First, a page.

The first new finding is an obvious onethe mouse experiments worked in human cells. Just because something worked in mice doesn't necessarily mean it will work in people too. So this is a really important finding.
The second important finding has to do with the specific genes each group used. Both groups added four genes to turn a stem cell into an ES cell. But they used a slightly different set of genes.
The Japanese group added OCT3/4, SOX2, KLF4, and c-MYC. The Wisconsin group added OCT4, SOX2, NANOG, and LIN28. This matters because of a side effect seen in the previous mouse study.
The mouse study went farther than the human study in that the researchers added these new ES cells to a mouse embryo. The results were disconcerting. Around 20% of the mice developed cancer from the cells. The researchers hypothesized that the cause was one or more of the genes that were used to create the ES cell.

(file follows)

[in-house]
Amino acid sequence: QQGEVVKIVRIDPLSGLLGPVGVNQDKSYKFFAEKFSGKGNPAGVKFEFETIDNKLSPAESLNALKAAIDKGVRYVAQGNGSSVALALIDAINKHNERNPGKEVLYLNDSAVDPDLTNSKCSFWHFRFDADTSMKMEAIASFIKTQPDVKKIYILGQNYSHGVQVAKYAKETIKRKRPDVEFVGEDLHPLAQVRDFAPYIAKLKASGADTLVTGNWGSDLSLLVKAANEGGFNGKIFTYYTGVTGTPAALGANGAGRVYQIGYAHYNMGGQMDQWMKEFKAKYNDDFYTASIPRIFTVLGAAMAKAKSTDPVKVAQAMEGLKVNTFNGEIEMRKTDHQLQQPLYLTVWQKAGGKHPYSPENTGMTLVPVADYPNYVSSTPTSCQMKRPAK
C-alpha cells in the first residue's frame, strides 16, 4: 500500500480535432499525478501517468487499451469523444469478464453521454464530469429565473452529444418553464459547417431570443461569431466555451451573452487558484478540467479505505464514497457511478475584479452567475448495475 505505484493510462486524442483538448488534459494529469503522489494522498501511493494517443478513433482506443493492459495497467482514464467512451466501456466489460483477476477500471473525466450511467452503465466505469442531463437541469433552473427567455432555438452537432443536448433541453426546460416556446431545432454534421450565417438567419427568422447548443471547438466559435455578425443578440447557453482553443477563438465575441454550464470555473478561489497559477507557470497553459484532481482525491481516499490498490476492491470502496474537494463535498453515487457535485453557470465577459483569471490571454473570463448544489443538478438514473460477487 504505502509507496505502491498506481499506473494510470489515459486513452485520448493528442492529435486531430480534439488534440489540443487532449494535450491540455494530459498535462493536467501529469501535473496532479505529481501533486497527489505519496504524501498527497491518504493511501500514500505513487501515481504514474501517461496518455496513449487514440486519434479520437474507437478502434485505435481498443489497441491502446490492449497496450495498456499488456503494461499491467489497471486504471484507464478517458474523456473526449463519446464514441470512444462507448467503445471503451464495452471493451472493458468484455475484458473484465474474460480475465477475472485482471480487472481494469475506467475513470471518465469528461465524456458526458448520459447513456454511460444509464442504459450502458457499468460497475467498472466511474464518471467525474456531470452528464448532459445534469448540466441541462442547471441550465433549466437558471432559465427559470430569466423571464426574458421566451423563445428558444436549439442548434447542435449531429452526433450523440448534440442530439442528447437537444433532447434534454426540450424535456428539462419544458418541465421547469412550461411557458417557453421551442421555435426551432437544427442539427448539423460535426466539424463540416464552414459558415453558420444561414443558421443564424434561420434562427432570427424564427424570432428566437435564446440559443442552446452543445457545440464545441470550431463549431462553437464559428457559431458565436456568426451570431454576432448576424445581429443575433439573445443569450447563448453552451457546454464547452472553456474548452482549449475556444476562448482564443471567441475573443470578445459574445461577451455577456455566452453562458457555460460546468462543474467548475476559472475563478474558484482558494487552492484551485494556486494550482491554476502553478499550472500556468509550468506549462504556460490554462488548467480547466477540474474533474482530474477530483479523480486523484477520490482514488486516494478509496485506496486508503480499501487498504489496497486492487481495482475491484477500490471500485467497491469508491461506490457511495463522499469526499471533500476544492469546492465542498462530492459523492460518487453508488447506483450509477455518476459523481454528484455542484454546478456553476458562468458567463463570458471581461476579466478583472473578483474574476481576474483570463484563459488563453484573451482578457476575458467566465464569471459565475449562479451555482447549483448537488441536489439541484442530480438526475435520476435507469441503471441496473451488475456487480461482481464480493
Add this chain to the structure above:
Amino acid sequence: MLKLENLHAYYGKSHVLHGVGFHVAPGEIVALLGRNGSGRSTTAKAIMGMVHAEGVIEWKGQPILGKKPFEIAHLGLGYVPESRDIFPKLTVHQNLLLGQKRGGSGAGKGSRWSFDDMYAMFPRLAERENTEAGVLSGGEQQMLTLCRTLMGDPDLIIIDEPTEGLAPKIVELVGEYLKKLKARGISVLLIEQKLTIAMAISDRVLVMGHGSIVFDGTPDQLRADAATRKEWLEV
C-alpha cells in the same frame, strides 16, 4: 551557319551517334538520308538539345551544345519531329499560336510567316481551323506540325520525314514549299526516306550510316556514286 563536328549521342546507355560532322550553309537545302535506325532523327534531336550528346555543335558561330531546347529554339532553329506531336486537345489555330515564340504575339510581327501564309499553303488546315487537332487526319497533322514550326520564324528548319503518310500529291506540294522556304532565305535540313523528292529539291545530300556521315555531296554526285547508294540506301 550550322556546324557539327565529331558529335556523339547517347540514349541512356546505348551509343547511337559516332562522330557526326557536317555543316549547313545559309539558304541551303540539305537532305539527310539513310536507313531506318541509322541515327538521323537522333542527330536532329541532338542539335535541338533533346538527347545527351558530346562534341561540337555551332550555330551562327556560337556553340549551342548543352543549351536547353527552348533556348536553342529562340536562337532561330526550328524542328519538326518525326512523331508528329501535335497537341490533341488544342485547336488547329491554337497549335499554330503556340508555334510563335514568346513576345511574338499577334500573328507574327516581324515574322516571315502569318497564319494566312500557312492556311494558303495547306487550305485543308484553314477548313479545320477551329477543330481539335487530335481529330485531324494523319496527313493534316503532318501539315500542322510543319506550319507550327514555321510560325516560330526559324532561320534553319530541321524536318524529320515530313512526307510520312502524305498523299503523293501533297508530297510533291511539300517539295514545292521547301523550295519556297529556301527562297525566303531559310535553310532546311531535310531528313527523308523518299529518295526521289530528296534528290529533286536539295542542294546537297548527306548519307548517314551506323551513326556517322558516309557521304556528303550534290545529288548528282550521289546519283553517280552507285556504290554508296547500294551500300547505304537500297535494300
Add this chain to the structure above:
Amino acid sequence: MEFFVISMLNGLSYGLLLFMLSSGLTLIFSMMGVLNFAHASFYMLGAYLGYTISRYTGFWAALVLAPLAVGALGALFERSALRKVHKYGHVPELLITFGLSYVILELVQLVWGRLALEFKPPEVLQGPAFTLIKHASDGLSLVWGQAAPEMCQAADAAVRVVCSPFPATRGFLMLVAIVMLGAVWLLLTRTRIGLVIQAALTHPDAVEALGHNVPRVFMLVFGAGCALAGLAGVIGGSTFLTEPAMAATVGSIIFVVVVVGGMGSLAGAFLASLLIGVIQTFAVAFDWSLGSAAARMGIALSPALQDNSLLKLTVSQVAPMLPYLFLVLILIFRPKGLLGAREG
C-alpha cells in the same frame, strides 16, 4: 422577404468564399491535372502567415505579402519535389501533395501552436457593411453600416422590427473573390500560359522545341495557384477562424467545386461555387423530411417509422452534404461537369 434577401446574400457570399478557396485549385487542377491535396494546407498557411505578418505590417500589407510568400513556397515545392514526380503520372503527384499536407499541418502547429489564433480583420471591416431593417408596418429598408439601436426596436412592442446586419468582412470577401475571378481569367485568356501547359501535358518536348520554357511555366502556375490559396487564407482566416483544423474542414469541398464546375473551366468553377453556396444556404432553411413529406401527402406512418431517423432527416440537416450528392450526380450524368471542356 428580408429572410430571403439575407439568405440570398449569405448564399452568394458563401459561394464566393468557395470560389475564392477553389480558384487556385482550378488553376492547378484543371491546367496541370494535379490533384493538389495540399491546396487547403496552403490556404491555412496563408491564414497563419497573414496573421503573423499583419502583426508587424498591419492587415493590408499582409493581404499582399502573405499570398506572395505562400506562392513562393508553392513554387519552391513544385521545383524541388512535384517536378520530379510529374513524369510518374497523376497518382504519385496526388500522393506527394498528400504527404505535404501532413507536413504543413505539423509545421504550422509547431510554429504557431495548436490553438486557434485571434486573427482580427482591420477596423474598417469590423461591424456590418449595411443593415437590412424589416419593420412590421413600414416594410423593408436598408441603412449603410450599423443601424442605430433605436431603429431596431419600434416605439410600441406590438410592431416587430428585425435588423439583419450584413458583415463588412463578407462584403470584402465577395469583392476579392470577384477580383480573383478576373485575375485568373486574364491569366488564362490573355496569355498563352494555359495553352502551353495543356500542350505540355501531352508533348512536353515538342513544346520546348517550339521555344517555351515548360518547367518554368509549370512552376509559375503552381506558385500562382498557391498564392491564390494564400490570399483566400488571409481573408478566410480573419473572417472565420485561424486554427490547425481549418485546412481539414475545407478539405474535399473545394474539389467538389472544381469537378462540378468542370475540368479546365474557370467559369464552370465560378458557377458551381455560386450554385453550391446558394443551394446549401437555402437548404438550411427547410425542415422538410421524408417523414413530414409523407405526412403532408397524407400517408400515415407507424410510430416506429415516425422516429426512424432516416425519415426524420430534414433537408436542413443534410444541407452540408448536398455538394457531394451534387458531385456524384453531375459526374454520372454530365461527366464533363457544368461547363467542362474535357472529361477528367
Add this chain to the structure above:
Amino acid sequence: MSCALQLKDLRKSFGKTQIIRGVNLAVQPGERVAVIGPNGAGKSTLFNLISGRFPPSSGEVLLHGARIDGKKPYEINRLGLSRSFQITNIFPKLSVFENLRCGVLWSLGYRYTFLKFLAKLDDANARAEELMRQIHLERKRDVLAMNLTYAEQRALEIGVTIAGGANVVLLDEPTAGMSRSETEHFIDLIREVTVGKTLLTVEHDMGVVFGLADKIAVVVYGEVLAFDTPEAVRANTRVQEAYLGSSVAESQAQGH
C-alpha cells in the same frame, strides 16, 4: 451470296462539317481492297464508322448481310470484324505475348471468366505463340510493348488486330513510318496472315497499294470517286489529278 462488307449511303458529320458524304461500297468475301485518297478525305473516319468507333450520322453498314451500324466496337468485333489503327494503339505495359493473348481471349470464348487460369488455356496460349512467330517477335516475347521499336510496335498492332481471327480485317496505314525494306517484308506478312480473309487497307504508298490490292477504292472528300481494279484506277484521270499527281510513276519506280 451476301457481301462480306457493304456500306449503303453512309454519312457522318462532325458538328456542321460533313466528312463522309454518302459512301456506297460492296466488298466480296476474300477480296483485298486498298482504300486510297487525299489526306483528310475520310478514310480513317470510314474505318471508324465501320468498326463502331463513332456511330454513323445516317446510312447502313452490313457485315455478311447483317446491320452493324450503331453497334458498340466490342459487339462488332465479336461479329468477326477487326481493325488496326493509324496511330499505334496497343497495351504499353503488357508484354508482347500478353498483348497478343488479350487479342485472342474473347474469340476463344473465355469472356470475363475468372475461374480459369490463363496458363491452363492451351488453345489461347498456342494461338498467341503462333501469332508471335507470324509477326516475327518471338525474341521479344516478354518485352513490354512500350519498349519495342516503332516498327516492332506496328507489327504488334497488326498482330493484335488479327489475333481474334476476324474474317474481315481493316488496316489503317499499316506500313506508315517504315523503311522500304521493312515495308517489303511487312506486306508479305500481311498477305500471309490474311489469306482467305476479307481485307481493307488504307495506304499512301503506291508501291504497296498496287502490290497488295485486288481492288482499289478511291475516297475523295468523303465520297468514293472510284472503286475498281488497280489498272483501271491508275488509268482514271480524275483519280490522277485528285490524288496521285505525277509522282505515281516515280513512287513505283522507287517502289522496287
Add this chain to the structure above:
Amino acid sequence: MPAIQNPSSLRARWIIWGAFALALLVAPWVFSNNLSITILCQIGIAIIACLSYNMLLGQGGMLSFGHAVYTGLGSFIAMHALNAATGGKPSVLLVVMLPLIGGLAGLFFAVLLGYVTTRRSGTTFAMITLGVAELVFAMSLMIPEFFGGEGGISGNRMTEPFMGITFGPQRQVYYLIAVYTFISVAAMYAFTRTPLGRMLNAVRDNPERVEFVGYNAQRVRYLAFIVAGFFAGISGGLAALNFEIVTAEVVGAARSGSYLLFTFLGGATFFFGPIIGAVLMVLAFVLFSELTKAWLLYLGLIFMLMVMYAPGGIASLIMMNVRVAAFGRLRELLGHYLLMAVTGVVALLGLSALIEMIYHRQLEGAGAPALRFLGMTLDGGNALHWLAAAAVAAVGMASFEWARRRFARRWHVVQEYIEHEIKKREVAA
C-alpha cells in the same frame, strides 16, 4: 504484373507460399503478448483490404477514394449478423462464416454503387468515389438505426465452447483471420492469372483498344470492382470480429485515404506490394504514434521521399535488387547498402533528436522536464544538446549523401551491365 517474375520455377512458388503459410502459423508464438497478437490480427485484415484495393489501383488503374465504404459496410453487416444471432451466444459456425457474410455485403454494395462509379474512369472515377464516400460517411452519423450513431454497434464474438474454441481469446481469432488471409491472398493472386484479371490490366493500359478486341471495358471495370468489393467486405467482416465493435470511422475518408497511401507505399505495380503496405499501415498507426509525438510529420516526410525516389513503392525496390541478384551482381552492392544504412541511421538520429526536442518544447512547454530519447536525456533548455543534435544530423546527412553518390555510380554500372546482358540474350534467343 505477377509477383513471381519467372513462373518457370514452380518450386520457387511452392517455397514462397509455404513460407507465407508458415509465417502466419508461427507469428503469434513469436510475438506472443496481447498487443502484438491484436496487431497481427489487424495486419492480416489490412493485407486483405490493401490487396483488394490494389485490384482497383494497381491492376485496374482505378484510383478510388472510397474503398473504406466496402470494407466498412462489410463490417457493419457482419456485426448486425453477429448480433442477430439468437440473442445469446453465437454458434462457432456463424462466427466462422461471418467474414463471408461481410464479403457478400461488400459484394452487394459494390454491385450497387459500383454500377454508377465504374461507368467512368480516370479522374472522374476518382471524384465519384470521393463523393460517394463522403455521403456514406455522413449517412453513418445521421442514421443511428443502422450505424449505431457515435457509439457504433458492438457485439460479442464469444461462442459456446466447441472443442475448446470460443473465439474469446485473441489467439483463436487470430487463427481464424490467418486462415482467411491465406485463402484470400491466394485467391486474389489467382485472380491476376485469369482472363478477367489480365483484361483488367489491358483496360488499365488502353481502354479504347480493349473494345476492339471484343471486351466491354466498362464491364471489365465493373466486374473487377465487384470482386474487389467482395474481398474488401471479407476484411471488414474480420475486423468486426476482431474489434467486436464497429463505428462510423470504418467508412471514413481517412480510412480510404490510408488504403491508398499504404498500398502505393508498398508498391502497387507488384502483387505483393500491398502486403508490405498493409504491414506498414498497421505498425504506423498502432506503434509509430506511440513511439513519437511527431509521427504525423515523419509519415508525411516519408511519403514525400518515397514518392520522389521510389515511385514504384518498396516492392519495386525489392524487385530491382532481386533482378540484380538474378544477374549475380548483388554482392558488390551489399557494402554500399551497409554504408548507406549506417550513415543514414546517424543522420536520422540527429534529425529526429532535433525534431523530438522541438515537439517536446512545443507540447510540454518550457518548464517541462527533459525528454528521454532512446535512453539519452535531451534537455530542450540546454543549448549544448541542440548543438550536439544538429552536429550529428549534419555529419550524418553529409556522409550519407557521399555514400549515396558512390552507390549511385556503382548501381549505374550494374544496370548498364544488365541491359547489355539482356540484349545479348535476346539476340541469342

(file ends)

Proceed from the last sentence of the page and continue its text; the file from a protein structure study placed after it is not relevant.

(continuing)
By using different sets of genes in the human cell study, the researchers showed you don't need the same four genes to create an ES cell. The hope is that the researchers will find a combination of genes that do not cause cancer.
Once the scientists find a set of genes that don't cause cancer, this research should blow the stem cell field wide open. We still don't know if ES cells will work to actually cure disease. But ethical ES cells should open the spigot of federal funds so American scientists can finally research this subject to its full extent. Then we'll see if ES cells can really live up to their hype. Or if we need to pursue other ways to cure these illnesses.